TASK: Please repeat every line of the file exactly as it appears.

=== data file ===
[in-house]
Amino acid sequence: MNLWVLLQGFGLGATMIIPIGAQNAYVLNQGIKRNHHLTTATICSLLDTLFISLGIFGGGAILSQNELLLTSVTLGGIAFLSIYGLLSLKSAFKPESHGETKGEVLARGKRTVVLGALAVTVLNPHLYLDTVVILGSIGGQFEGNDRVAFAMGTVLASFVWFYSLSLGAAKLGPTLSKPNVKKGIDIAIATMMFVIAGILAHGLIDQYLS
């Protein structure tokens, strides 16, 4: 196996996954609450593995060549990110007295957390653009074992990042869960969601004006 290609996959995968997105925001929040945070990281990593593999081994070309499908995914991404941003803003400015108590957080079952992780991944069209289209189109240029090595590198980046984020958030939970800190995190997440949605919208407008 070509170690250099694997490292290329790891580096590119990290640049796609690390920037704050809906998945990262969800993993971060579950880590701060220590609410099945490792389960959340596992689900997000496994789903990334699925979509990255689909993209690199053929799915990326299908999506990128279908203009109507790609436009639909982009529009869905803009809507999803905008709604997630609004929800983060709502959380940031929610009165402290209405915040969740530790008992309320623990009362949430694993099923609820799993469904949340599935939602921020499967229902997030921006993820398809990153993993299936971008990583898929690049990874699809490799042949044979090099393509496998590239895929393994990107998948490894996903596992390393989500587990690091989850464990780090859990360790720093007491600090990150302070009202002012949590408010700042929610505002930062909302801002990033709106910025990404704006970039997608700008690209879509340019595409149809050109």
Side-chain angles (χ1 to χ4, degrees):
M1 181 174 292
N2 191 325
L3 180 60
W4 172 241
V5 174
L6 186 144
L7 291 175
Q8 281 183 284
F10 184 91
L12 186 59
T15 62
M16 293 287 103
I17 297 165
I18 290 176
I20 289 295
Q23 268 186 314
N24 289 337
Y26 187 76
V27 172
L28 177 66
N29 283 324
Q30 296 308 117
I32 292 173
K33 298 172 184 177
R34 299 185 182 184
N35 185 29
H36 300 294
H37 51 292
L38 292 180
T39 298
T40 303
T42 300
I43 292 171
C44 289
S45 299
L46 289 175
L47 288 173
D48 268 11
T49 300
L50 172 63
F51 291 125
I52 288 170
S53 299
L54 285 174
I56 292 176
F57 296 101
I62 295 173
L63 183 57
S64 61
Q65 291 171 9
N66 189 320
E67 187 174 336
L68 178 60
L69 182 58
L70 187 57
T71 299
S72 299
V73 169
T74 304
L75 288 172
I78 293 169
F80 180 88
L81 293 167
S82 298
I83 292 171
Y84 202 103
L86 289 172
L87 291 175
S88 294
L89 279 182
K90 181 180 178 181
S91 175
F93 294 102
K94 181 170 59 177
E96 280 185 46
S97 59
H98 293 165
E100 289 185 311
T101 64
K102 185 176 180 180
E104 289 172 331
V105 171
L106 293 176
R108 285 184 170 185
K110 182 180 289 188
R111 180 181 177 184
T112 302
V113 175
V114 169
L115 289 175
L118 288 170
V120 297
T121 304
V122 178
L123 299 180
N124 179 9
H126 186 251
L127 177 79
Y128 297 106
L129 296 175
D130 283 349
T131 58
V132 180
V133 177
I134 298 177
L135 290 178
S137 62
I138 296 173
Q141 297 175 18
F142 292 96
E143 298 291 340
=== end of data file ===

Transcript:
[in-house]
Amino acid sequence: MNLWVLLQGFGLGATMIIPIGAQNAYVLNQGIKRNHHLTTATICSLLDTLFISLGIFGGGAILSQNELLLTSVTLGGIAFLSIYGLLSLKSAFKPESHGETKGEVLARGKRTVVLGALAVTVLNPHLYLDTVVILGSIGGQFEGNDRVAFAMGTVLASFVWFYSLSLGAAKLGPTLSKPNVKKGIDIAIATMMFVIAGILAHGLIDQYLS
């Protein structure tokens, strides 16, 4: 196996996954609450593995060549990110007295957390653009074992990042869960969601004006 290609996959995968997105925001929040945070990281990593593999081994070309499908995914991404941003803003400015108590957080079952992780991944069209289209189109240029090595590198980046984020958030939970800190995190997440949605919208407008 070509170690250099694997490292290329790891580096590119990290640049796609690390920037704050809906998945990262969800993993971060579950880590701060220590609410099945490792389960959340596992689900997000496994789903990334699925979509990255689909993209690199053929799915990326299908999506990128279908203009109507790609436009639909982009529009869905803009809507999803905008709604997630609004929800983060709502959380940031929610009165402290209405915040969740530790008992309320623990009362949430694993099923609820799993469904949340599935939602921020499967229902997030921006993820398809990153993993299936971008990583898929690049990874699809490799042949044979090099393509496998590239895929393994990107998948490894996903596992390393989500587990690091989850464990780090859990360790720093007491600090990150302070009202002012949590408010700042929610505002930062909302801002990033709106910025990404704006970039997608700008690209879509340019595409149809050109």
Side-chain angles (χ1 to χ4, degrees):
M1 181 174 292
N2 191 325
L3 180 60
W4 172 241
V5 174
L6 186 144
L7 291 175
Q8 281 183 284
F10 184 91
L12 186 59
T15 62
M16 293 287 103
I17 297 165
I18 290 176
I20 289 295
Q23 268 186 314
N24 289 337
Y26 187 76
V27 172
L28 177 66
N29 283 324
Q30 296 308 117
I32 292 173
K33 298 172 184 177
R34 299 185 182 184
N35 185 29
H36 300 294
H37 51 292
L38 292 180
T39 298
T40 303
T42 300
I43 292 171
C44 289
S45 299
L46 289 175
L47 288 173
D48 268 11
T49 300
L50 172 63
F51 291 125
I52 288 170
S53 299
L54 285 174
I56 292 176
F57 296 101
I62 295 173
L63 183 57
S64 61
Q65 291 171 9
N66 189 320
E67 187 174 336
L68 178 60
L69 182 58
L70 187 57
T71 299
S72 299
V73 169
T74 304
L75 288 172
I78 293 169
F80 180 88
L81 293 167
S82 298
I83 292 171
Y84 202 103
L86 289 172
L87 291 175
S88 294
L89 279 182
K90 181 180 178 181
S91 175
F93 294 102
K94 181 170 59 177
E96 280 185 46
S97 59
H98 293 165
E100 289 185 311
T101 64
K102 185 176 180 180
E104 289 172 331
V105 171
L106 293 176
R108 285 184 170 185
K110 182 180 289 188
R111 180 181 177 184
T112 302
V113 175
V114 169
L115 289 175
L118 288 170
V120 297
T121 304
V122 178
L123 299 180
N124 179 9
H126 186 251
L127 177 79
Y128 297 106
L129 296 175
D130 283 349
T131 58
V132 180
V133 177
I134 298 177
L135 290 178
S137 62
I138 296 173
Q141 297 175 18
F142 292 96
E143 298 291 340